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Ed Tittel's Survey of Wireless Technology

Wireless technologies, applications, devices, and appliances will continue to proliferate into most people's lives. Check out some of the main attractions in this territory and gain a sense of what they are, what they can do, and why you might care.
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In the past five years, the wireless revolution in computing and communications has really gotten underway. Before 1998, wireless activity pretty much consisted of cell phone users, with a few forays into other uses from technology innovators such as UPS, gadget freaks, and other elements from the bleeding edge of technology. Today, wireless networking is not only becoming commonplace, it's even pretty affordable. Likewise, wireless links come in many shapes and form factors nowadays, and support a bewildering array of general- and special-purpose applications.

A quick survey of an incredibly dense and fragmented landscape tells me that exhaustive coverage of its wrinkles and boundaries is probably beyond human ken at this point. (Try using "wireless handheld" or "wireless computing" in your favorite search engine, and see how many thousands of hits come back.) Instead, let's categorize what we see, and look at some of the more well-visited parts of their terrain.

It's easy to break wireless devices and applications into several major categories, as follows:

  • Wireless conventional networking. If you take away the wires that permit networks to do their thing (in most cases) and instead use wireless links between computers and devices, this is what you get. Note also that wireless networking in this context really means "wireless LANs" because mobility and reach are limited for most related technologies.
  • Mobile computing applications. If you provide wireless computing for all kinds of users on the move—such as UPS truck drivers, taxi drivers, utility company workers, warehouse workers, and so forth—this is what you get. Because this application really is pretty mobile, geographic coverage can be pretty broad, but bandwidth goes down as the distances spanned increase.
  • Wireless Internet access. Let's qualify this with the word "limited" because it usually occurs in the context of Internet-enabled cell phones, personal digital assistants (PDAs), or other small-screen devices. These usually have the same range and reach as cell phones (and often use cellular or related wireless telephony technology under the hood).
  • Wireless appliances. These are special-purpose devices—such as global positioning systems (GPSs), vehicle monitors, map displays, and so on—that may do one-way or two-way communications to access special databases, services, and so forth.
  • Wireless communications (voice and data). These come in many forms, ranging from high-bandwidth, point-to-point virtual backbones, to mid-range, relatively mobile metropolitan area technologies, to slow cellular modems that work anywhere a cell phone does.
  • Wireless device docking. Creates a temporary short-range wireless link between devices (as in the infrared device links that the Infrared Device Association, or IrDA, promotes). At speeds up to 16 Mbps, it's peachy for synchronizing email, databases, and printing, among many other uses.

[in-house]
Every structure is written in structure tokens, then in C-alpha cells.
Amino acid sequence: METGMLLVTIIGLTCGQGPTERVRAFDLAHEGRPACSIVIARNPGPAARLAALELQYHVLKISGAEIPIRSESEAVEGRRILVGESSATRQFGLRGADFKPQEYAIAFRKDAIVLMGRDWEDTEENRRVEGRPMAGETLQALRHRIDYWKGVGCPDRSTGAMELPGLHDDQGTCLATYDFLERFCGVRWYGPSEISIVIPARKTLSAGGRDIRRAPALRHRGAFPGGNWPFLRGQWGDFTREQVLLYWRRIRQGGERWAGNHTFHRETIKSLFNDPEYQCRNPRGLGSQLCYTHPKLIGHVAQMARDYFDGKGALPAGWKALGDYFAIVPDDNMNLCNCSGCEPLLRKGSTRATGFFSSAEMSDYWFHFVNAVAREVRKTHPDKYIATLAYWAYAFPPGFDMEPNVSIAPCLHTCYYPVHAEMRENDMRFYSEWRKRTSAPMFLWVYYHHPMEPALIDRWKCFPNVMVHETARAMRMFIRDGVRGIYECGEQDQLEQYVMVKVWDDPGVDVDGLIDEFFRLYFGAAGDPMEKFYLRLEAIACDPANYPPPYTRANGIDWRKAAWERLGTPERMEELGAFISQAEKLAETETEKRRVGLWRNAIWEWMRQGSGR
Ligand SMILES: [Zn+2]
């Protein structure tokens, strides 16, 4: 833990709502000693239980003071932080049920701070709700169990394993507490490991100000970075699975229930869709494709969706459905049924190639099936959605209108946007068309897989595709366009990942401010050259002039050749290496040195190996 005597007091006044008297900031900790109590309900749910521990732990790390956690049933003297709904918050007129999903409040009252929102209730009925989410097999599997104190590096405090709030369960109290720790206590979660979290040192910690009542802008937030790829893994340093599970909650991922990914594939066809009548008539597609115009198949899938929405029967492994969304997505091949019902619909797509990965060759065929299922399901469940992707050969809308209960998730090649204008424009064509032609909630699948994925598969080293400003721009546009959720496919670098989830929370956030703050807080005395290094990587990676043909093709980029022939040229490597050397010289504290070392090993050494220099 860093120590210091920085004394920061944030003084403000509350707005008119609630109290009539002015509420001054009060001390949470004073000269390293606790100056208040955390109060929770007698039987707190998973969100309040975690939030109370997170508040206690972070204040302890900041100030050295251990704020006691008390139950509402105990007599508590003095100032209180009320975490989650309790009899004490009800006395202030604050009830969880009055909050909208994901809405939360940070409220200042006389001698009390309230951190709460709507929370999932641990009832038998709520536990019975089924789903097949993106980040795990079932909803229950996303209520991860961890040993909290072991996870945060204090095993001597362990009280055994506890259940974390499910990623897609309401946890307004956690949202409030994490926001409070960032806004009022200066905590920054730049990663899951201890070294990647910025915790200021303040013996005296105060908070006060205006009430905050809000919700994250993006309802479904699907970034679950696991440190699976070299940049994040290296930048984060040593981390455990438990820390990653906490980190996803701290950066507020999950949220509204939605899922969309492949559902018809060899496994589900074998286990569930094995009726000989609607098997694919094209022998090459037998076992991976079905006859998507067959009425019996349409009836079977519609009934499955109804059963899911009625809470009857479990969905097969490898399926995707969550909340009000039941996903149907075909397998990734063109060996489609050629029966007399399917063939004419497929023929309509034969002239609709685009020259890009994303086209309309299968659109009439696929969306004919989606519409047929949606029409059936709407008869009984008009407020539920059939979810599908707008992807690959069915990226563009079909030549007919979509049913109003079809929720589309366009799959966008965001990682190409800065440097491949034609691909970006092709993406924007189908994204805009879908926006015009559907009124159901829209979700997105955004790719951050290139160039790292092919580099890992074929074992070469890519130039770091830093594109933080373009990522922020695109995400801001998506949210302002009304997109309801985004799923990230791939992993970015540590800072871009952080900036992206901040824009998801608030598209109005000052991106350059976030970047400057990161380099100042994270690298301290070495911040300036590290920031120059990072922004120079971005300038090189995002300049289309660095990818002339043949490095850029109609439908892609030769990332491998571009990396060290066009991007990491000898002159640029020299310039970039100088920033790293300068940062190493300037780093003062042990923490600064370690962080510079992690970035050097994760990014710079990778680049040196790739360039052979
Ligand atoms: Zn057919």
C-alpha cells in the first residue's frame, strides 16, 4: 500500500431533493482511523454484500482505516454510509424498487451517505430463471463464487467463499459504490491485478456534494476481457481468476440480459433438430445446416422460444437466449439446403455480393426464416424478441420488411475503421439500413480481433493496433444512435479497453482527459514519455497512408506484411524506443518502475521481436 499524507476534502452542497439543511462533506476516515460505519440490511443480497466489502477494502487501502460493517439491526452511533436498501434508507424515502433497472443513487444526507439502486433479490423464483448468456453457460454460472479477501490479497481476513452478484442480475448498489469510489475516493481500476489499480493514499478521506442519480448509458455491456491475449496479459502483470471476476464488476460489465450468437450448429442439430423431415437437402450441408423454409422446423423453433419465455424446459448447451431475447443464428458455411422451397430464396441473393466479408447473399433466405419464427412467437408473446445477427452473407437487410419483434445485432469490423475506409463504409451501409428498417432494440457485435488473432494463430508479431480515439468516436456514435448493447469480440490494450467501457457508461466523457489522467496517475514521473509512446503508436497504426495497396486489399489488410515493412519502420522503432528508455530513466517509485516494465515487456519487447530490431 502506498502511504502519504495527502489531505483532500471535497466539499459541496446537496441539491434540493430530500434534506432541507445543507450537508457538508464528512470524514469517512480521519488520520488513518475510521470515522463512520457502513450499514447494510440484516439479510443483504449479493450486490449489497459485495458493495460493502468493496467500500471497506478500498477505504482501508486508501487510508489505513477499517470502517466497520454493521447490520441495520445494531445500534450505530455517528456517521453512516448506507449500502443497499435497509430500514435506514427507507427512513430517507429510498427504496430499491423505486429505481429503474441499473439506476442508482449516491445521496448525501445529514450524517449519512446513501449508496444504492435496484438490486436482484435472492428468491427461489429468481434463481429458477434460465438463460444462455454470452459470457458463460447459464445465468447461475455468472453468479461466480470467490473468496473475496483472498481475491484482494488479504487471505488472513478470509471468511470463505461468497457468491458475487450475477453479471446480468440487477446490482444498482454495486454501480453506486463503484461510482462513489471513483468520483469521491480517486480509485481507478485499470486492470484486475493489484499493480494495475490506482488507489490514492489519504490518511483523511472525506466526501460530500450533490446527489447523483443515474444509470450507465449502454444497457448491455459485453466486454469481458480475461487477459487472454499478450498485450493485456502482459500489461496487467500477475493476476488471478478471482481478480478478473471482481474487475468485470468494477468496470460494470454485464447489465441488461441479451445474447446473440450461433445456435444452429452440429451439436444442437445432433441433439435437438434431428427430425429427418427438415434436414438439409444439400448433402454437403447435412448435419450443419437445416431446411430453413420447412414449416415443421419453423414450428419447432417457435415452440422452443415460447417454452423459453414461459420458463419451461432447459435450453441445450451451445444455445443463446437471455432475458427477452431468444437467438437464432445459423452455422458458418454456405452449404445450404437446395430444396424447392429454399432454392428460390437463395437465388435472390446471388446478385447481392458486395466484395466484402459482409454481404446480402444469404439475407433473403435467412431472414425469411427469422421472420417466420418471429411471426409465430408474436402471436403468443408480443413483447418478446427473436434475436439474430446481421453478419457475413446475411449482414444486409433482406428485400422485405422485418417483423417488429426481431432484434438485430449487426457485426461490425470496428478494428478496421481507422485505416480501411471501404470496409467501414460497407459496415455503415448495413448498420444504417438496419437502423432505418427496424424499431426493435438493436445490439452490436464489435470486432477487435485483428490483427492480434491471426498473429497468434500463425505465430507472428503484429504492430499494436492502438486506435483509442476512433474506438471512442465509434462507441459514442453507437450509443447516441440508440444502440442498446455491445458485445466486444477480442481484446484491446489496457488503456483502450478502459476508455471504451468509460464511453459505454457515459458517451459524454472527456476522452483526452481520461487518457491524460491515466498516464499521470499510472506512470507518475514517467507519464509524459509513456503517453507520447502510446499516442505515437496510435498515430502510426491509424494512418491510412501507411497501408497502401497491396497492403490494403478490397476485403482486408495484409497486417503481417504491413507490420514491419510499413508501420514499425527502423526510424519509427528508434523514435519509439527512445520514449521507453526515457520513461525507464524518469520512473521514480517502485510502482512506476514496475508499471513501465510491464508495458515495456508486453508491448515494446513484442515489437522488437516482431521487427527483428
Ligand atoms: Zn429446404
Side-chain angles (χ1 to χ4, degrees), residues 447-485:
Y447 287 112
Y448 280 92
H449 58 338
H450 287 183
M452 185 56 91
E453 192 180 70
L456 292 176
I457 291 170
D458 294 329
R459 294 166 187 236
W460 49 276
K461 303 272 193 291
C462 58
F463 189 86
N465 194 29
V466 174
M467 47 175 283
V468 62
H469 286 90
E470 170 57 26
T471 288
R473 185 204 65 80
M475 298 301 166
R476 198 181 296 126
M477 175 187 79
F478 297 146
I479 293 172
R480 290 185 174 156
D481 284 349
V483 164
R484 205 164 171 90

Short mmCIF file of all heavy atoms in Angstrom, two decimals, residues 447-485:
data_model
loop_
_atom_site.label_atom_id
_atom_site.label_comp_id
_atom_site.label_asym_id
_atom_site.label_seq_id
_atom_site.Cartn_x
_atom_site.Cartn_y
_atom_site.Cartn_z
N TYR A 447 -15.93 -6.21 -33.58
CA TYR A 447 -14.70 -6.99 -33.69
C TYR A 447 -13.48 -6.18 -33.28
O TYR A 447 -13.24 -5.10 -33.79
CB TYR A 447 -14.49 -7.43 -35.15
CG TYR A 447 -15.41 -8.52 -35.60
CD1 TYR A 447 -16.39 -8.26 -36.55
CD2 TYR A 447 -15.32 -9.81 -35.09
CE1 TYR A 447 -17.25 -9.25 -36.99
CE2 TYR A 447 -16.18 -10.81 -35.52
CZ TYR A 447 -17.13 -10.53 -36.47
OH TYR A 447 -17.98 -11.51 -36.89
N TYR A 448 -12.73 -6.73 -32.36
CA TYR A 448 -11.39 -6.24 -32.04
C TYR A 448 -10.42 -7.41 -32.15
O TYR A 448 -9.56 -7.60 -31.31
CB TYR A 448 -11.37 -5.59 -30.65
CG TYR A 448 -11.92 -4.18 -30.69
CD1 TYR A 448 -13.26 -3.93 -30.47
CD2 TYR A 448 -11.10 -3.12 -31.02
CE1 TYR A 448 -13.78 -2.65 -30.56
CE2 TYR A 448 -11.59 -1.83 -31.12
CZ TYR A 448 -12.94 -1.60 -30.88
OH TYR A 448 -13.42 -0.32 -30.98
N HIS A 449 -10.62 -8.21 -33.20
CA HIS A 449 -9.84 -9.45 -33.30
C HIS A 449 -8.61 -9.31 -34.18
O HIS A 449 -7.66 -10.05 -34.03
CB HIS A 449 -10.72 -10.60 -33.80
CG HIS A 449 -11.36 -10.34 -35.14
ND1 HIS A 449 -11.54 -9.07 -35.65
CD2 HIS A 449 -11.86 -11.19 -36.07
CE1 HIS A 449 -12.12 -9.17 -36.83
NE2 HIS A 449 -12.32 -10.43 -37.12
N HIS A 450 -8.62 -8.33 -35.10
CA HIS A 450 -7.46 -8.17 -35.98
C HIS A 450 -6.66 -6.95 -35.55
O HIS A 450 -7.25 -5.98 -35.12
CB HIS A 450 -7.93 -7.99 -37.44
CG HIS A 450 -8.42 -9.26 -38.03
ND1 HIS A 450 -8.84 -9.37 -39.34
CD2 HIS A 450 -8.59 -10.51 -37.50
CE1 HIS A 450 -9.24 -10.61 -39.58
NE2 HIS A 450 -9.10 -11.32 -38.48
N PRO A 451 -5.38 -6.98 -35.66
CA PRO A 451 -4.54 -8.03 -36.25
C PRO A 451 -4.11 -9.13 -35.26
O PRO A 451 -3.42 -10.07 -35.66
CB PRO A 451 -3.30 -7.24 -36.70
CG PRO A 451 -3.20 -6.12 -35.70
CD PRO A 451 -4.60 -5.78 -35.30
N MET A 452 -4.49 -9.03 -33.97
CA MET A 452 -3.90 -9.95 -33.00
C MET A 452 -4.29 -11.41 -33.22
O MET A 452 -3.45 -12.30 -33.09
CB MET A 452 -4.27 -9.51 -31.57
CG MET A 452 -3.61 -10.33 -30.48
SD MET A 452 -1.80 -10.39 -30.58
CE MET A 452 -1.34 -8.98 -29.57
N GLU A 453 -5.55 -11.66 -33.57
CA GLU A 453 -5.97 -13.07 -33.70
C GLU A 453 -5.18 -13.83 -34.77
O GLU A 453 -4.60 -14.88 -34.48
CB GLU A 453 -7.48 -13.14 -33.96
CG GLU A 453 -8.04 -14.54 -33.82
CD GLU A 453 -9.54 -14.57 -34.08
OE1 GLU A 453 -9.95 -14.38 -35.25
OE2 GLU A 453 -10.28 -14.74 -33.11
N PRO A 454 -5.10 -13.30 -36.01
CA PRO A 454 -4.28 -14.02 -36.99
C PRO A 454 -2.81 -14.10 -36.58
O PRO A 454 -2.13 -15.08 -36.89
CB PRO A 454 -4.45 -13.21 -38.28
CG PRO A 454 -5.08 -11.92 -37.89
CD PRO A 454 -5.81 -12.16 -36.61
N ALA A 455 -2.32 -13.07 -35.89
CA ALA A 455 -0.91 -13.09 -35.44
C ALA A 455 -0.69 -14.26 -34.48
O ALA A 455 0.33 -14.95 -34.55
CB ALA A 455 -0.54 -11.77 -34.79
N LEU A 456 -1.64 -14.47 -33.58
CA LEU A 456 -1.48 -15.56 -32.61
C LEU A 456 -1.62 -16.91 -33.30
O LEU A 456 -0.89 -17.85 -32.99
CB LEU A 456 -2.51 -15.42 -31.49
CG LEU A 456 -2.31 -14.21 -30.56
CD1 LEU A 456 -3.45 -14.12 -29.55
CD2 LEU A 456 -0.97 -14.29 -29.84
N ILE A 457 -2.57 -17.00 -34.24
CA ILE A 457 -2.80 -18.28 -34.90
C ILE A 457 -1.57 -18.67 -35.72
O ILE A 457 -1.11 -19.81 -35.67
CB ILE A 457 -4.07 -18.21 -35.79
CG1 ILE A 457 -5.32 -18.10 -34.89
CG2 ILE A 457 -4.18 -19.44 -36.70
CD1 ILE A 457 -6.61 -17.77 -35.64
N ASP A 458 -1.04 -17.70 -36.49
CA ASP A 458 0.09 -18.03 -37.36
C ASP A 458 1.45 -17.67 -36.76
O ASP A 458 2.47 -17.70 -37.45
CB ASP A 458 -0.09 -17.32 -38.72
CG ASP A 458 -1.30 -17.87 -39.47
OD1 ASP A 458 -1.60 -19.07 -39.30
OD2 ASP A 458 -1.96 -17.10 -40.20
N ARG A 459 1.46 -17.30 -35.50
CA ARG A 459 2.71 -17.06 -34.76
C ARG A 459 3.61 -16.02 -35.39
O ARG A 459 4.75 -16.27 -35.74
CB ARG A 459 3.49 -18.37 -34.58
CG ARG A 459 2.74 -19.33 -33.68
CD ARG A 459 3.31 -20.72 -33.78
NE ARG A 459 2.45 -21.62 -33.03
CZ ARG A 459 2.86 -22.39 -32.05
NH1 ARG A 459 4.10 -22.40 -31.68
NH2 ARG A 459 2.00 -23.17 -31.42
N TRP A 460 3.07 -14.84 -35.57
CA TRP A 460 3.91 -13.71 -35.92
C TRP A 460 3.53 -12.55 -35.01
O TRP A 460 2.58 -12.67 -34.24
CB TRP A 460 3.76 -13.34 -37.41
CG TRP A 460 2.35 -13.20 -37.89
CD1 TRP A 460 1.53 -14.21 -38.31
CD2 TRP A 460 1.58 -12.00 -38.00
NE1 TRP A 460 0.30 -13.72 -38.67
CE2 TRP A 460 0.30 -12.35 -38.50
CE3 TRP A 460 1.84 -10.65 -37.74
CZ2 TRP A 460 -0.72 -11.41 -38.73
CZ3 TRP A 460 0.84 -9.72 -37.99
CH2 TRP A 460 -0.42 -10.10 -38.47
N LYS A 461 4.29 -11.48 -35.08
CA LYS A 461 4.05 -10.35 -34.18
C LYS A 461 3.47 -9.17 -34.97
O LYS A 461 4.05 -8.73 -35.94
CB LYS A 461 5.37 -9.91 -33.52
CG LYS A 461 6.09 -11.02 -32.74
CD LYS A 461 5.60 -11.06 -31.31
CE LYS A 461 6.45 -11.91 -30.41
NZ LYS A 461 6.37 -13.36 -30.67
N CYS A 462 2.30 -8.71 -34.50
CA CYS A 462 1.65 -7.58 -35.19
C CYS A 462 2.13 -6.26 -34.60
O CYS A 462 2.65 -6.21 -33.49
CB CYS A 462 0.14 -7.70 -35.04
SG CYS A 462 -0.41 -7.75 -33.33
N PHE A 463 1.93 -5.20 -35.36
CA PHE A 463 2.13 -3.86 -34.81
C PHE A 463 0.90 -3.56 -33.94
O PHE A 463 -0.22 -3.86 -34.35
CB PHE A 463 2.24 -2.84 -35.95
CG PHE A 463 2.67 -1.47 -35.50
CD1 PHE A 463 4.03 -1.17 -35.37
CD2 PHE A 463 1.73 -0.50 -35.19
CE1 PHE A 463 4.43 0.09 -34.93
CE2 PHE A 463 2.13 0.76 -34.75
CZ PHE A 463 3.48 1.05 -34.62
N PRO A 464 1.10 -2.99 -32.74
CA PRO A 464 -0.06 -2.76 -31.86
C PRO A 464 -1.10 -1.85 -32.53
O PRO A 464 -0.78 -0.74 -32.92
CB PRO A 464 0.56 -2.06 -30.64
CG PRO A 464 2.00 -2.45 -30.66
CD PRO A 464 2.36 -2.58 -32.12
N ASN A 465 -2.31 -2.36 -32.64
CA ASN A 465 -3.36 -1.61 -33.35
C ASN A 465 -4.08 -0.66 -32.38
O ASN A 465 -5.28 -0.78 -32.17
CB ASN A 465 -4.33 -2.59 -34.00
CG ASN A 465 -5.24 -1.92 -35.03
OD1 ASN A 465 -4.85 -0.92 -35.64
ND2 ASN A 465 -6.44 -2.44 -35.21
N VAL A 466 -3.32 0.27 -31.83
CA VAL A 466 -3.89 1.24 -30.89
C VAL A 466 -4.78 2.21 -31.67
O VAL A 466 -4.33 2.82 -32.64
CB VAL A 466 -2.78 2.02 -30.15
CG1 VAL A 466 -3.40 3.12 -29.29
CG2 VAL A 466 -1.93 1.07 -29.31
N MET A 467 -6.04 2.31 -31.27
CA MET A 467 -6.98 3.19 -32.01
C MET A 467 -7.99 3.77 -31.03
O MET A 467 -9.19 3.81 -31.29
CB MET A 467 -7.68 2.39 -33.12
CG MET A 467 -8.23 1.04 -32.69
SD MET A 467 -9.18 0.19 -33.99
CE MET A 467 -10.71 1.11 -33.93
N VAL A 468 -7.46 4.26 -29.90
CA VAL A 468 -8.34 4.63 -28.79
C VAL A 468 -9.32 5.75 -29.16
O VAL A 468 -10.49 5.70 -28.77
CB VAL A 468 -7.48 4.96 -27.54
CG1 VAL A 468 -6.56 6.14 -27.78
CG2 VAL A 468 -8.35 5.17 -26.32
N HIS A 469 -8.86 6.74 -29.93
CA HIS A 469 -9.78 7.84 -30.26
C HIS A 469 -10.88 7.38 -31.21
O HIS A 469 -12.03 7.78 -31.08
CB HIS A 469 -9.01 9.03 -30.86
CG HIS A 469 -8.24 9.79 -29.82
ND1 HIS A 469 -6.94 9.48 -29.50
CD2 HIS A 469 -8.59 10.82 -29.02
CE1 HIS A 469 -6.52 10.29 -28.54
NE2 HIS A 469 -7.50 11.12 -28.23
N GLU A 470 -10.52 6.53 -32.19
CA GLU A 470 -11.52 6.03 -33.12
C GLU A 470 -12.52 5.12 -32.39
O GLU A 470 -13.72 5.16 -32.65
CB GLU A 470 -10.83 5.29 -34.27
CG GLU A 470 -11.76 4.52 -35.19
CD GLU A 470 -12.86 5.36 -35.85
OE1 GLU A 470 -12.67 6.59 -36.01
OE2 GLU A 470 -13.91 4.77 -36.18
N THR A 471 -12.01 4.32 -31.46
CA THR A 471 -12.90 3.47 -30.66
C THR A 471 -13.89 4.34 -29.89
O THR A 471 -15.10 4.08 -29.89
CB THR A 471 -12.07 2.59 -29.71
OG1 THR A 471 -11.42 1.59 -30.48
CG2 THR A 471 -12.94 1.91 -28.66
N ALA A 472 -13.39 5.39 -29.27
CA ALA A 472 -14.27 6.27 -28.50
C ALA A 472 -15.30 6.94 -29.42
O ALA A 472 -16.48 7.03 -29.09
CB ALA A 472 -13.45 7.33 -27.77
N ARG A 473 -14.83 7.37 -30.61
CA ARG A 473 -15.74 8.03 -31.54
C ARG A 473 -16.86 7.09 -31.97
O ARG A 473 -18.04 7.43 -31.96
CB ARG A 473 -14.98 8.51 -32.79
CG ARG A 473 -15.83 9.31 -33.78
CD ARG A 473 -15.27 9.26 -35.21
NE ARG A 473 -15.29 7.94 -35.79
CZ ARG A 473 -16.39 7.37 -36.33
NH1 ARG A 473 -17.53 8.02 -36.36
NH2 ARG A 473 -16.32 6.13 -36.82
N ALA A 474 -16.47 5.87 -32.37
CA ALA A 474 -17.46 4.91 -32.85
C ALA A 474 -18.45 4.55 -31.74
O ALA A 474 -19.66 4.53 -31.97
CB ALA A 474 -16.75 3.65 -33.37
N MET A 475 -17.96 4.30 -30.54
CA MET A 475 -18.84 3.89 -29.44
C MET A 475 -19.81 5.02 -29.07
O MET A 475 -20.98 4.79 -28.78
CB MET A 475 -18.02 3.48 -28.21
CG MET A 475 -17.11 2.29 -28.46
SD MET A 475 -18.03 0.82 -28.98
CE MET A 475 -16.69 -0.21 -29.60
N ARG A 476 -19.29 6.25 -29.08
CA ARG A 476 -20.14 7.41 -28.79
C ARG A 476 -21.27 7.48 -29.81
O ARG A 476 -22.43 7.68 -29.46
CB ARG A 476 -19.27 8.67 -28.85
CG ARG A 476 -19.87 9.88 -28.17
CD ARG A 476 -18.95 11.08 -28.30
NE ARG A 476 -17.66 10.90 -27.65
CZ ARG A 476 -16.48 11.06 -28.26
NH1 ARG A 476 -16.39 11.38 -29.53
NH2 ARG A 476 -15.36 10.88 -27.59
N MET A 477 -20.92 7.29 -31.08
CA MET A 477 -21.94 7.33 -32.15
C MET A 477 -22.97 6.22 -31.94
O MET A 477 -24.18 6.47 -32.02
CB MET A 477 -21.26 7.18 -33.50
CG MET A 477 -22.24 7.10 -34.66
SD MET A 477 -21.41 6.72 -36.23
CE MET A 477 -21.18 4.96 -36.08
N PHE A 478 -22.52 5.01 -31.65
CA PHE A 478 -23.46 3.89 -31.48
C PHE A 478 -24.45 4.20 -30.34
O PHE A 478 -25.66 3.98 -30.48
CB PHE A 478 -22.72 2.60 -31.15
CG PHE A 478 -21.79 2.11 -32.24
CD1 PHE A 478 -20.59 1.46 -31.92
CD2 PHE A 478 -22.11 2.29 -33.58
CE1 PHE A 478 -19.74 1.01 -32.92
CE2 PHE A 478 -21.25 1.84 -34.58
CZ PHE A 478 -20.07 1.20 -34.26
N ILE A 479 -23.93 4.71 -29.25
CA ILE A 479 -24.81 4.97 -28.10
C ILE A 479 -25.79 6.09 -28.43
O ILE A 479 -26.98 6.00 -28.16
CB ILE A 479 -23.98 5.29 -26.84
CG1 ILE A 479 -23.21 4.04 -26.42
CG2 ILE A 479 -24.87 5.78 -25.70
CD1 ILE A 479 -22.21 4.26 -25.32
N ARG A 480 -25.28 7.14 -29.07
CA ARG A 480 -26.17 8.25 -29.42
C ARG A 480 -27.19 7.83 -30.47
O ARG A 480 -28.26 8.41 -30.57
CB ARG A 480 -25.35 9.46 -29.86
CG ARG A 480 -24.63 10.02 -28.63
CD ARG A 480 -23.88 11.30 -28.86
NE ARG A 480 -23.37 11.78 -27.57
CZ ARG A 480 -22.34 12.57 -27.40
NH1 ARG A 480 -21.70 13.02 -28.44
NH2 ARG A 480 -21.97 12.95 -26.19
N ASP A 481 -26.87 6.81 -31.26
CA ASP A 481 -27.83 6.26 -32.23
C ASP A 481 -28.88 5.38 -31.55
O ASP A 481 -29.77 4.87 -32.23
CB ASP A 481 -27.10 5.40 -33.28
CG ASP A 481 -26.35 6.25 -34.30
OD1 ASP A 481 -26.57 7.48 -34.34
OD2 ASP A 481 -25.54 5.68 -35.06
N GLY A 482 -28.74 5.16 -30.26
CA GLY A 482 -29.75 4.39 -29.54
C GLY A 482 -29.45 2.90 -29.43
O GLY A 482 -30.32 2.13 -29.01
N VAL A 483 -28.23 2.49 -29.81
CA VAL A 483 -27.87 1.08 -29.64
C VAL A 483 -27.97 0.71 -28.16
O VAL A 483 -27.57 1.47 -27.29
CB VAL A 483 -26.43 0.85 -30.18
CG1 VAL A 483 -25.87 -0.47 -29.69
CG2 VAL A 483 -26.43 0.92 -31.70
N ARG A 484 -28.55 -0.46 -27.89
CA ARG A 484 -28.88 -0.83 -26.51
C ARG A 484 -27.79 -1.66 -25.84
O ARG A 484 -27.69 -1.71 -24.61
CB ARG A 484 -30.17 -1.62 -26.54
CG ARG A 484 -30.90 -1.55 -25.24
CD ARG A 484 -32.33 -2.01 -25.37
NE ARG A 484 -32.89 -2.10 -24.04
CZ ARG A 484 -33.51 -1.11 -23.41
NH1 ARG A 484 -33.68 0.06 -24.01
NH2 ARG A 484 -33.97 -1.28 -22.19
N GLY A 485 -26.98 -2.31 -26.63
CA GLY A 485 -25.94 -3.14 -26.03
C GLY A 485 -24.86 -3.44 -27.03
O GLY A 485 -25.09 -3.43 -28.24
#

This survey doesn't pretend to cover the whole landscape, nor to provide lots of technical implementation specifics. Rather, we want to identify some of the main attractions in this territory, and provide a sense of what they are, what they can do, and why you might care. So, let's go take a little closer look at each of these categories and some example applications that you might find useful, if not compelling.

Wireless Conventional Networking

The greatest benefits of going wireless for conventional networking come in two primary forms. One is that it makes office layouts more flexible and does away with the need to get close to a specific wall to hook up to the network. In manufacturing situations (where work cell configurations change a lot) or on movie stages (where walls come and go regularly) this is a real hook. The other benefit is that it supports "untethered work" for those with laptops: they can carry their machines with them everywhere inside a building or on a campus and maintain a normal-speed network communication (802.11 technology runs at more or less the same speed as 10 Mbps Ethernet, discounting overhead).

Bob LeVitus, author, trainer, and Mac guru is pretty enthusiastic about this technology: "I can read email or browse the Web on my PowerBook anywhere around the house, at airports, and in a lot of hotels. It unchains me from my desk, and lets me work where and when I want to." Because such technologies provide normal network (and hence, Internet) access on conventional computers, it's a terrific boon for knowledge and clerical workers of all kinds.

It's also important to note that the limitations of conventional wireless networking included relatively limited distance ranges (usually up to 300 or 400 yards from a hub and seldom further than that). Within a hub's "service area" this technology works as advertised; outside it, nothing doing. Even so, another common weakness for 802.11 stems from many organizations' failure to use encryption for communications. This has spawned the phenomenon known as "war driving" in which hackers who cruise high-tech neighborhoods with laptops, wireless interfaces, and extra-sensitive antennas can often listen to (or log into) wireless networks all over the place.

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